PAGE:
She also said that it could only be done to those travelling between states if they "can be reasonably believed to be infected."

      The mask mandate, in her view, complied with neither of these requirements.

      "It does not explain why all masks—homemade and medical-grade—are sufficient," the judge added. "Nor does it require 'social distancing [or] frequent handwashing,' despite finding these effective strategies for reducing COVID-19 transmission. In sum, irrespective of whether the CDC made a good or accurate decision, it needed to explain why it acted as it did."

      One of the early papers identifying airborne transmission as the dominant route for the spread of COVID-19 was published in the peer-reviewed Proceedings of the National Academy of Sciences on June 11, 2020.

      That was nearly six months before the CDC cited droplet dogma in justifying its mask mandate on planes and public transportation.

      "Our analysis reveals that the difference with and without mandated face covering represents the determinant in shaping the trends of the pandemic," wrote researchers Renyi Zhang, Yixin Li, Annie L. Zhang, and Mario J. Molina. "This protective measure significantly reduces the number of infections."

      They came to this conclusion after analyzing the trend of infections and mitigation measures employed in New York City, Italy, and the Chinese city of Wuhan from January 23 to May 9, 2020.

      They argued that masks reduced the number of infections in Italy by more than 78,000 from April 6 to May 9, 2020. Masking also resulted in 66,000 fewer infections in New York City from April 17 to May 9, 2020.

      "Other mitigation measures, such as social distancing implemented in the United States, are insufficient by themselves in protecting the public," they stated. "We conclude that wearing of face masks in public corresponds to the most effective means to prevent interhuman transmission, and this inexpensive practice, in conjunction with simultaneous social distancing, quarantine, and contact tracing, represents the most likely fighting opportunity to stop the COVID-19 pandemic."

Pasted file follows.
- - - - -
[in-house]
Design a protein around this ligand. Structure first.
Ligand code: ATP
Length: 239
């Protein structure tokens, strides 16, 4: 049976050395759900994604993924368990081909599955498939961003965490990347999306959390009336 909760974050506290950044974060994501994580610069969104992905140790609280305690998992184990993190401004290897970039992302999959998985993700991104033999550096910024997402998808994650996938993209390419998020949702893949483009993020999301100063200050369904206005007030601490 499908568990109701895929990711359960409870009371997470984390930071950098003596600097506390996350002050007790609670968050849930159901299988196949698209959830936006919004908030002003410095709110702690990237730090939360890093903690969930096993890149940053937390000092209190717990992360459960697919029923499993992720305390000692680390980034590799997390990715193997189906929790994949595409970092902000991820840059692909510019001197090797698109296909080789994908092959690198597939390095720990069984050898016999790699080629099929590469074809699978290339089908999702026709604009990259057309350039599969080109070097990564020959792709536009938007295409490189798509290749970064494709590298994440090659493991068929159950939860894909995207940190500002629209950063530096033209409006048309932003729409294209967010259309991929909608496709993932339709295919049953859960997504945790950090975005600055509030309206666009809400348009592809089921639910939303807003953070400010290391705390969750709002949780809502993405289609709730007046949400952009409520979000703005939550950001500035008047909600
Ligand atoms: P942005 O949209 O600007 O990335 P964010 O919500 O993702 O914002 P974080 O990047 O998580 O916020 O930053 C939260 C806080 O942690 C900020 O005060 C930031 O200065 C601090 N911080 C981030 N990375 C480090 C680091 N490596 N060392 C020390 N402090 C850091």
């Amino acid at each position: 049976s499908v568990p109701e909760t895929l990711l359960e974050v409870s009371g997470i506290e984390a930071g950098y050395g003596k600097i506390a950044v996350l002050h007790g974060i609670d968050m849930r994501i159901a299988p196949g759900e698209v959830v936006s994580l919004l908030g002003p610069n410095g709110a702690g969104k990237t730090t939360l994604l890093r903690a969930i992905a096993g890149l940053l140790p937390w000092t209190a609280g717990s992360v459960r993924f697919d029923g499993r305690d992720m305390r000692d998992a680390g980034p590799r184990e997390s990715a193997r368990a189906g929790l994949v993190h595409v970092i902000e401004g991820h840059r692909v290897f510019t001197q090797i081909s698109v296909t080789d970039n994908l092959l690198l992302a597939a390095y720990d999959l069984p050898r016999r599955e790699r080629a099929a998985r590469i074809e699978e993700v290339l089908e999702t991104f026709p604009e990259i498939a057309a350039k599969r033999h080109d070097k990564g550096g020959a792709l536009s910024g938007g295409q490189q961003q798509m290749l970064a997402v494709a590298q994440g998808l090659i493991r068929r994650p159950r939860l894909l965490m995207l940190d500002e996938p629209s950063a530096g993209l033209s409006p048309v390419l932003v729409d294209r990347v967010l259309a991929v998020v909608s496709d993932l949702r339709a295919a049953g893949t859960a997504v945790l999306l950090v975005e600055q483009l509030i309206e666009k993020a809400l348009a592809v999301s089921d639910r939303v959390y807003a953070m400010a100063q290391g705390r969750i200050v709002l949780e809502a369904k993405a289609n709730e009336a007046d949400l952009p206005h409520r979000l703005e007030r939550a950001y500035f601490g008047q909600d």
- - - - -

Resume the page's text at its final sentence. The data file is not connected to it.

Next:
On July 8, 2020, Nature published an article documenting mounting evidence suggesting that the SARS-CoV-2 virus that causes COVID-19 is airborne.

      This came after 239 clinicians, infectious-disease physicians, epidemiologists, engineers, and aerosol scientists published a commentary in Clinical Infectious Diseases.

      They demanded that public-health officials acknowledge the "significant potential for inhalation exposure to viruses in microscopic respiratory droplets (microdroplets) at short to medium distances (up to several meters, or room scale)".

      They added: "we are advocating for the use of preventive measures to mitigate this route of airborne transmission."

      Last month, the White House formally recognized that the most common way that the virus is spread is "through tiny airborne particles of the virus hanging in indoor air for minutes or hours after an infected person has been there".